I received this book for free from the Publisher in exchange for an honest review. This does not affect my opinion of the book or the content of my review.Devil's Call by J. Danielle Dorn
Published by Inkshares on July 18 2017
Genres: Adult, Fantasy
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The nitty-gritty: A bleak and violent story, made beautiful by exquisite writing and an irresistible female voice.
I hope you grow up to be a wild one, that you learn to spit and curse and shoot a gun. This country is not kind to soft women.
This book came out of nowhere, but when fellow blogger Mogsy raved about it, I knew I had to track it down and read it. Inkshares is a new-to-me publisher, but if Devil’s Call is anything to go by, I’ll certainly start paying more attention to them. This was a short, fast read, but not just because of the page count. I could NOT stop reading once I started! The story is a first person accounting of a woman’s search for vengeance, written in the form of a letter to her baby daughter. The woman, a mixed race, fatherless girl named Li Lian, recounts the story of her life from childhood up to the present time, delving back into her family’s rich history of witchcraft to tell the story of her fascinating—but bleak—life. Not only is this a story about witchcraft, but it’s a western, set in the 1850s and moving from Chicago to the untamed Nebraska territory to New Orleans.
Li Lian’s real adventure begins when she meets and falls in love with her future husband, an Army doctor named Matthew Callahan. They eventually marry and begin their lives together in the bustling but dangerous city of Chicago. Li Lian fears raising their children in the city, partly because she’s of mixed race and her children will be too. Matthew is worried that someone will find out that his wife is a witch, and so they jump at the chance to move to Nebraska when Matthew is offered a job there.
Finally free to get pregnant and raise a family without fear of persecution, Li Lian sets about making a wonderful life for their growing family in the wide open spaces of the plains. But one night two strangers come to the door, begging for medical help. One of them has been shot, and it’s Matthew’s duty as a doctor to help. In an instant, things go terribly wrong, and Li Lian watches as her husband is shot and killed right in front of her. Full of rage and determination, Li Lian sets out to track down the men responsible for her husband’s murder, accompanied by the town butcher, a man named Roger Hawking.
This book was so addictive, which is mostly due to the wonderful voice of Li Lian. Dorn’s writing perfectly captures a strong woman who is trying to get by in a male dominated world, where violence, harsh weather, and other hardships are all obstacles that she faces on a daily basis. I have to admit I’m addicted to sweeping stories that encompass the entirety of a character’s life. Li Lian’s story begins with her ancestors the MacPhersons, a Scottish clan where the females are all gifted with magical abilities. But as cool as that sounds, the MacPherson women were harshly persecuted for practicing witchcraft—and even Li Lian and her mother, aunts and sisters must be careful to hide their abilities.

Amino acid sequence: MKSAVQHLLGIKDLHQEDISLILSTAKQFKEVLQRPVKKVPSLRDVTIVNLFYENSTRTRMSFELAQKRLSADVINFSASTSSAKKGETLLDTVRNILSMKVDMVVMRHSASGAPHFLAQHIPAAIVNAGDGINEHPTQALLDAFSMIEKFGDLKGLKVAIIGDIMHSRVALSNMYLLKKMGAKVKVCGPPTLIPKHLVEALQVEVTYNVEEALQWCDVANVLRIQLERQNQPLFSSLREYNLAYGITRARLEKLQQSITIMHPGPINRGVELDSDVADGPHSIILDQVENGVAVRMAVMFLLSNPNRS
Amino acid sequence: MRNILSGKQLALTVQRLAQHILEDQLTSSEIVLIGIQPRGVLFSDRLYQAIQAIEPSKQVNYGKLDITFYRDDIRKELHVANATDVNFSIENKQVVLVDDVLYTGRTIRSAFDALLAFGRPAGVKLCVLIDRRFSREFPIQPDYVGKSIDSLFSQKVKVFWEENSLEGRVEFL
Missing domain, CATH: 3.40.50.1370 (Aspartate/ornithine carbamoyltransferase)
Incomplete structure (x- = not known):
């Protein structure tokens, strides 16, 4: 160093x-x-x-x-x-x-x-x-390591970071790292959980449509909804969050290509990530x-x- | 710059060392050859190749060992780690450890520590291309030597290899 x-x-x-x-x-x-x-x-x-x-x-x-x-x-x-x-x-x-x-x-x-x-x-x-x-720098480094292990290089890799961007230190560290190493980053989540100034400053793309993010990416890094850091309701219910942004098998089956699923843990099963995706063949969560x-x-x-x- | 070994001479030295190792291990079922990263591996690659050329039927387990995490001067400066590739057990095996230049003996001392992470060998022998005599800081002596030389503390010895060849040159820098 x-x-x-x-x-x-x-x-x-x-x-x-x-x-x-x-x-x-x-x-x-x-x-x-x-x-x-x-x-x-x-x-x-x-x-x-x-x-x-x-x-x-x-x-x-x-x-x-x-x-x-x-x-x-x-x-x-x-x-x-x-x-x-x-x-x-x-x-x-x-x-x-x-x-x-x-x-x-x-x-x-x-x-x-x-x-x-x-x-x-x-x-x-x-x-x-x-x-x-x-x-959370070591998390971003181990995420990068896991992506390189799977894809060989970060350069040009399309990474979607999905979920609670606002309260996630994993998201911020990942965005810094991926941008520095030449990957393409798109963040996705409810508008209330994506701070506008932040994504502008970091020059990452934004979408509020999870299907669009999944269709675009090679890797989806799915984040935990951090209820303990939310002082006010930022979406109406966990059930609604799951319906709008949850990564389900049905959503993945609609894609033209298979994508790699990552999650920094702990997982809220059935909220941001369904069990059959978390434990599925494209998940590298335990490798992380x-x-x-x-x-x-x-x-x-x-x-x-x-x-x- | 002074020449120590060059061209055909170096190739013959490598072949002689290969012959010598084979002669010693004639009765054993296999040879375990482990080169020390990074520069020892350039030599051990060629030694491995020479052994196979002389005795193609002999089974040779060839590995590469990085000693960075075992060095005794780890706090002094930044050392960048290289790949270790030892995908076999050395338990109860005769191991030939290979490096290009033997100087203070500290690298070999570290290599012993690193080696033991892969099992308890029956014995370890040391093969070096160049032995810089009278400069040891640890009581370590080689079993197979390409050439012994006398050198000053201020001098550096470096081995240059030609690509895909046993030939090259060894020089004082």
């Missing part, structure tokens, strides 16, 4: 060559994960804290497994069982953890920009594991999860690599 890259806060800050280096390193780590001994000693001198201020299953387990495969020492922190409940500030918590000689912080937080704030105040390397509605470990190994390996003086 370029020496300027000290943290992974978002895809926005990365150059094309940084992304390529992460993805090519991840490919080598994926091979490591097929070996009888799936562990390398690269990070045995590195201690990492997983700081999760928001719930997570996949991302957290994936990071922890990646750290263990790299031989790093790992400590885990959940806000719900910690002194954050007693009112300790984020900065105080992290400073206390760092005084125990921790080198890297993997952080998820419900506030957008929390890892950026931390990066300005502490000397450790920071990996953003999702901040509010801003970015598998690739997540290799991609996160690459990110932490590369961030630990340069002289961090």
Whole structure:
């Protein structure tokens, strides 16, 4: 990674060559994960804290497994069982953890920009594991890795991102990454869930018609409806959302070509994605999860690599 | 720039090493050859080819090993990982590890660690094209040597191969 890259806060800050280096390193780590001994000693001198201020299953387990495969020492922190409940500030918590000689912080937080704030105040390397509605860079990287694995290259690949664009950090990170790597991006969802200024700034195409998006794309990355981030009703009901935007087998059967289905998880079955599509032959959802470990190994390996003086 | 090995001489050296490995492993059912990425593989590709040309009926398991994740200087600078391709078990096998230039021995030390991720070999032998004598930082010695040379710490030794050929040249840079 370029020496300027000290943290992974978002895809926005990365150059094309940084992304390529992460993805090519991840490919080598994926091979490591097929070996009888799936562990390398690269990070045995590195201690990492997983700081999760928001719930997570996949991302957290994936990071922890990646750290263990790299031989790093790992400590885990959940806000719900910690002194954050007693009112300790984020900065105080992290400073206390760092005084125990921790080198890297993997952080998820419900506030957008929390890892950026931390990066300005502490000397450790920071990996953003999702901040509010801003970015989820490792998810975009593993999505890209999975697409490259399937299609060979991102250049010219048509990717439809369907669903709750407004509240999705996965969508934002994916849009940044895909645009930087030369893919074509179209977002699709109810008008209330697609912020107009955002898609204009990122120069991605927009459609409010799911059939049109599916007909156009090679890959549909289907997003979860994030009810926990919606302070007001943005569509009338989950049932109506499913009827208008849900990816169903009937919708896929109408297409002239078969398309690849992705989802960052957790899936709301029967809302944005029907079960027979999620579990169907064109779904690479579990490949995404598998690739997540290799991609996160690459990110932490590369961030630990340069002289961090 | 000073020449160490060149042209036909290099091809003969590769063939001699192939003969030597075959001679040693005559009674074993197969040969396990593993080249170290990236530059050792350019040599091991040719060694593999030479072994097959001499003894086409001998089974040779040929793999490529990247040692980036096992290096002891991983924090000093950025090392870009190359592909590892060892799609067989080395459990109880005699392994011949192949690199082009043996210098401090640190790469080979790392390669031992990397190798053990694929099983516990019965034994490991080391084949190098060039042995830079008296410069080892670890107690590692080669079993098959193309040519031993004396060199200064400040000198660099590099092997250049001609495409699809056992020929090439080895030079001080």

And there is something irresistible about a Western setting for me, especially when you combine that setting with magic. Dorn’s imagery is spare and evocative, and I could practically feel the heat of the sun and the grit of the dusty plains as I was reading. And like the best Westerns, the characters are in constant danger. The violence often comes out of nowhere, shockingly sudden, and perfectly captures the lawlessness of the wild west.
I loved the magic of Li Lian’s witchcraft, which enhances the story rather than taking it over. Li Lian can use her Will to make things happen, from moving small objects with her mind to affecting the way a person acts. She can also make vines bloom simply by touching them, and I loved the way her magic was elemental, earth magic. But every time she uses magic, there is a price, and so Li Lian must choose carefully when to use it.
To kill a man with magick is no task to take on lightly. It is difficult enough to do good with it, and to kill a man takes something from the soul of the one who does the taking.
While Li Lian is the driving force behind this story—and one of the best characters I’ve run across this year—I also adored Roger Hawking. Although the relationship between Hawking and Li Lian never crosses the line into a romantic one (hey, she just lost her husband!), I thought their banter was adorable. If Devil’s Call is ever made into a movie, I know exactly who should play the part of Roger Hawking: Adam Baldwin, who played Jayne in Firefly. I could not read his dialog without imagining Jayne’s sarcastic drawl!
The pacing is relentless, and so I was a little worried as I neared the end that Dorn was not going to be able to wrap things up. The ending did feel a little rushed to me, which is my only criticism of the story. A lot happens as Li Lian and Hawking get closer to their target, and within a span of a few pages everything manages to come to a head. A twist that I didn’t see coming ends the story with the possibility of a sequel, or maybe that’s just me wishing really hard!
This was a fantastic surprise and an assured debut. I can’t wait to see what J. Danielle Dorn does next.
Big thanks to the publisher for supplying a review copy. Quotes are taken from an uncorrected proof, and may differ in the final version of the book.